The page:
Is Common Law Marriage Recognized in Tennessee?
Is Common Law Marriage Recognized in Tennessee?
Tennessee is not a common law marriage state. Cohabiting for years in this state while claiming to be married cannot, without more, form a valid marriage contract. The fact that Tennessee has never been a common law marriage state does put it in the minority. This does not mean, however, that a lawful common law marriage established in another state would not be recognized in Tennessee. It would be.
What are the common law marriage states?
At least for a time, entering into a common law marriage was allowed in the majority of states. Most states that once allowed couples to establish common law marriages have since abolished the practice. Replacing it with formal, ceremonial marriages performed by those individuals (pastors and magistrates, for instance) authorized to marry people. Most recently, the State of Alabama abolished common law marriage contracts in January 2017.
Today, few states in the nation allow couples to enter into a common law marriage. Along with Washington D.C., only Colorado, Iowa, Kansas, Montana, Oklahoma, Rhode Island, South Carolina, Texas, and Utah permit consensual common law marriage. Such marriages are usually between two cohabitants who hold themselves out publicly to be “man and wife” (or hold themselves out as married) for the requisite time period, typically a set number of years, among other requirements. Notably, certain Native American tribes still allow for establishment of common law marriages.
Recognition of valid out-of-state marriages, including common law marriages, falls squarely under the rule of comity between sister states for purposes of practical convenience and expediency. If a marriage is valid in the sister state where it was established and the Tennessee court asserts jurisdiction, then the spouses may seek a divorce here.
In Tennessee law, being joined in marriage requires both a license from the county clerk and a ceremony. An authorized person, such as a spiritual leader or mayor, must solemnize the rite of matrimony. The signed license is then returned to the county clerk and recorded with vital records. (See T.C.A. § 36-3-301.)
Why does getting married today require a license, solemnization, and recording?
In the past, too many records were inaccurate, lost, or destroyed. This centralized process allows people to obtain government certified vital records of marriage licenses. Birth certificates, death certificates, and divorce records are similarly recorded by the Tennessee Department of Health, Office of Vital Records.
Tennessee Divorce From Common Law Marriage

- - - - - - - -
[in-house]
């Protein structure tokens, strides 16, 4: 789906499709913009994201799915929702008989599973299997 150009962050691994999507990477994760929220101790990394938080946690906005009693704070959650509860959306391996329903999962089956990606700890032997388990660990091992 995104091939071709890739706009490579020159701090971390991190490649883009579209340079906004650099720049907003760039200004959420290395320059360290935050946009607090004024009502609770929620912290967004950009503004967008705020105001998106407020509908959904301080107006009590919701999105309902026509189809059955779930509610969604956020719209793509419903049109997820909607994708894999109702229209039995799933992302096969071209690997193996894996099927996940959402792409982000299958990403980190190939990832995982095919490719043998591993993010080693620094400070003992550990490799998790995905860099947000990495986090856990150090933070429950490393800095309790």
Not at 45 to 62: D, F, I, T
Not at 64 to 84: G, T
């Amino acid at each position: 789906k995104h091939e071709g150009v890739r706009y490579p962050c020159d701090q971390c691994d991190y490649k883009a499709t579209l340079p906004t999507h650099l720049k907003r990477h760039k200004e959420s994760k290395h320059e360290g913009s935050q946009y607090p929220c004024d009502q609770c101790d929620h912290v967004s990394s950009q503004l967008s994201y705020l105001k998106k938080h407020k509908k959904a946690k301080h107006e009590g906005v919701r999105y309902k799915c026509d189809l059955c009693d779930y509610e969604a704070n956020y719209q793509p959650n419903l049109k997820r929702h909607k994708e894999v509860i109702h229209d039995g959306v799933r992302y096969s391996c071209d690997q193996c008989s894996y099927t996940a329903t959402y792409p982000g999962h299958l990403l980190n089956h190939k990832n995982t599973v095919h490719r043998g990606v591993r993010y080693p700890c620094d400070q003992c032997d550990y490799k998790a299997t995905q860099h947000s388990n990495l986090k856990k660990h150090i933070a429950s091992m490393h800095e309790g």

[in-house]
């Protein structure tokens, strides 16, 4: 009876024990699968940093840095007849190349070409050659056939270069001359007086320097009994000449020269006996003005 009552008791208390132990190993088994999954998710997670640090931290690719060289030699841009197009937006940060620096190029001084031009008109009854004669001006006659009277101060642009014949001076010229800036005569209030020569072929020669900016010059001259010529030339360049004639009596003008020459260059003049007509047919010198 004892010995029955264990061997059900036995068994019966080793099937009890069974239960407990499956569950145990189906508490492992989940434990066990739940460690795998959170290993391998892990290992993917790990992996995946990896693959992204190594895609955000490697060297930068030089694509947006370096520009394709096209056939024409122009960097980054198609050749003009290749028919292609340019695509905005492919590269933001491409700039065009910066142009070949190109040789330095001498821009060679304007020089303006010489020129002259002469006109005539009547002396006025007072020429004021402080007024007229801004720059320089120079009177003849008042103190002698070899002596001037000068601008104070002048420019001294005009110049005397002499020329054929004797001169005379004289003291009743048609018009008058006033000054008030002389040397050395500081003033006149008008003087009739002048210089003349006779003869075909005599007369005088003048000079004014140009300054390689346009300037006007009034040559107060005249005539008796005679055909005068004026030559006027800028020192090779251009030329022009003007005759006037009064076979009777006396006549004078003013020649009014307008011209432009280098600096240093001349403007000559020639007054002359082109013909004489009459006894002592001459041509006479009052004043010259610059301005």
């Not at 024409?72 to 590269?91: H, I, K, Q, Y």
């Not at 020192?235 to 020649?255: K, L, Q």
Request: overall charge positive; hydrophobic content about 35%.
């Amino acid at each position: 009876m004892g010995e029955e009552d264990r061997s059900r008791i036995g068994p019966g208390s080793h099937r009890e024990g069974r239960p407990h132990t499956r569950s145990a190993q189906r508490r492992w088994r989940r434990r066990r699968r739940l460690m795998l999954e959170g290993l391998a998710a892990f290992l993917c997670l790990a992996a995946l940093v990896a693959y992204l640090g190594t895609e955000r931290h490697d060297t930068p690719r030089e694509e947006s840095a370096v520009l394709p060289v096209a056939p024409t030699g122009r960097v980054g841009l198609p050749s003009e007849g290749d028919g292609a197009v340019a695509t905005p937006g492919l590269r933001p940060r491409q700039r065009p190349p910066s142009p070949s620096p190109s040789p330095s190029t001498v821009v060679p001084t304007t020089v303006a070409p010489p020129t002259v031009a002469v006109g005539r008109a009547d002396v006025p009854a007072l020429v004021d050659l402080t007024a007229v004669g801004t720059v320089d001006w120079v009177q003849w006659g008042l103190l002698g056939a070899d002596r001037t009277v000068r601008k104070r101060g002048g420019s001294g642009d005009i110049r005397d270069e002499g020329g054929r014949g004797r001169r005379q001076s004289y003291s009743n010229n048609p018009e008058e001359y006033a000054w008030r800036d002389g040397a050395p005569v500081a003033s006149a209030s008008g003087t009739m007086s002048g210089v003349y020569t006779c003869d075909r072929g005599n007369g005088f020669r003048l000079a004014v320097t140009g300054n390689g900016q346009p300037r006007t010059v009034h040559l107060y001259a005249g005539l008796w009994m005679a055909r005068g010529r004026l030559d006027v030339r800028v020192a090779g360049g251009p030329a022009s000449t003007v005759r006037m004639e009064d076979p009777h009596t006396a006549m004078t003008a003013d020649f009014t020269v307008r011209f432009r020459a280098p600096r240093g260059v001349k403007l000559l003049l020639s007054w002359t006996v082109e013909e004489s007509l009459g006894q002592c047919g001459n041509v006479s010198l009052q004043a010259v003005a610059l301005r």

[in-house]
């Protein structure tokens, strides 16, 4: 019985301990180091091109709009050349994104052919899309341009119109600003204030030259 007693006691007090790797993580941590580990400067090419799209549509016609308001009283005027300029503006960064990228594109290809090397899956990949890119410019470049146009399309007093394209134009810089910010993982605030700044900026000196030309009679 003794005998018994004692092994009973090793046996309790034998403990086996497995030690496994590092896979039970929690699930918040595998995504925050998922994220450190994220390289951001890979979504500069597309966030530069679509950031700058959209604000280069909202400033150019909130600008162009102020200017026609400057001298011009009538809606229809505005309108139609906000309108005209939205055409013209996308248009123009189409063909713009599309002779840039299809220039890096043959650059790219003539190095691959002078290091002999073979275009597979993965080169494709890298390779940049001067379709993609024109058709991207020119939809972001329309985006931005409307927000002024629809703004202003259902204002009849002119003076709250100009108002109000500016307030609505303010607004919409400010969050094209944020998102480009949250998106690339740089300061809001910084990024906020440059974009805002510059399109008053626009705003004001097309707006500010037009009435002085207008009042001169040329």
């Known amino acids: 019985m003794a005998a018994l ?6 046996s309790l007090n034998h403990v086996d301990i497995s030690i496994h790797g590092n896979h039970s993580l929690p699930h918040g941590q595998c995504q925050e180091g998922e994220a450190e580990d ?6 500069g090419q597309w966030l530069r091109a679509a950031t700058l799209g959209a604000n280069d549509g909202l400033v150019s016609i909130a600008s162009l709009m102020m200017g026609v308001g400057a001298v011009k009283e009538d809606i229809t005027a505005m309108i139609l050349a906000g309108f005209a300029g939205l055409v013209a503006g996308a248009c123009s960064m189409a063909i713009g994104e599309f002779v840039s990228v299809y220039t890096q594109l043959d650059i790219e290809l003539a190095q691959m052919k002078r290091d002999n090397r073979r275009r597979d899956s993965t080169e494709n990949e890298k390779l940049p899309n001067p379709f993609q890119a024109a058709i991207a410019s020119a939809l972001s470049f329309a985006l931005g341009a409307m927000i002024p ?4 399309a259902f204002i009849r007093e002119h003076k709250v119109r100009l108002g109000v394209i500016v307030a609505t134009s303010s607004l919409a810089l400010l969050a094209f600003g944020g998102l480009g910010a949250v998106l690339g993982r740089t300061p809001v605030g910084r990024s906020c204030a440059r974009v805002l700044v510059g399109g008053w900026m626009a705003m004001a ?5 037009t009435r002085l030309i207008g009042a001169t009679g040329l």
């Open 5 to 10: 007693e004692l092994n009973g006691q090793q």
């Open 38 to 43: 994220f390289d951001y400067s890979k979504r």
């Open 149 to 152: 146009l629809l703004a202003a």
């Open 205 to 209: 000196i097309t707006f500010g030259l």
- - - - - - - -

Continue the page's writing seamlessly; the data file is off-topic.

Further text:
Is there a special divorce from common law marriage? No, but additional proofs will be required. When a spouse with a common law marriage seeks a divorce in Tennessee, the validity of that marriage must be determined first. Because there is no official certificate from a governmental authority to file with the complaint for divorce, additional evidence and testimony will be needed to prove the common law marriage is valid.
Which spouse must prove a common law marriage exists? The party who filed the complaint for divorce has the burden of proving the existence of a valid common law marriage. If that burden is not met with evidence, then the case should be dismissed. Why? Because there are no bonds of matrimony for the court to dissolve. When the burden of proving the marriage is met, the State of Tennessee will recognize the marriage.
To determine whether the complainant carried the burden of proof, the Tennessee court must apply the facts before it to the sister state’s common law marriage law. (By looking to South Carolina marriage law, for example.)
If the common law marriage was lawfully entered into, based upon a Tennessee judge’s interpretation of the sister state’s marriage law, then the dissolution proceedings continue as with any other divorce. That is, property is divided, alimony is awarded, child custody is determined, and child support is calculated.
Common Law Marriage Requirements
What proof of common law marriage is persuasive in court? In proving his or her case, the spouse who filed the complaint for divorce may offer evidence of:
- Publicly holding themselves out as married;
- Using the same surname;
- History of filing income taxes jointly;
- Referring to themselves as “husband and wife” or “spouses”;
- Having children;
- Naming the other person as a “spouse” for employer-covered health insurance;
- Filing jointly for bankruptcy as married;
- Continuous cohabitation;
- Interwoven finances, such as joint bank accounts and joint ownership of real estate;
- Owning a business together;
- Providing money to each other without a promissory note or security interest in collateral (as with a secured transaction or mortgage); and
- Other relevant evidence of being married.
Understand that a valid common law marriage is not a lesser marriage. Whatever stigma there might be in some social circles, common law marriages enjoy all the benefits and detriments of ceremonial marriages entered into under Tennessee statutory law.
References, Resources and More:
- Divorce Laws & Filing in Tennessee Answers to FAQs
- The Tennessee Divorce Process: How Divorces Work Start to Finish
- Navigating Basic Court Procedure
- Download our free e-Book, Your First Steps: 7 Steps Planning Your Tennessee Divorce.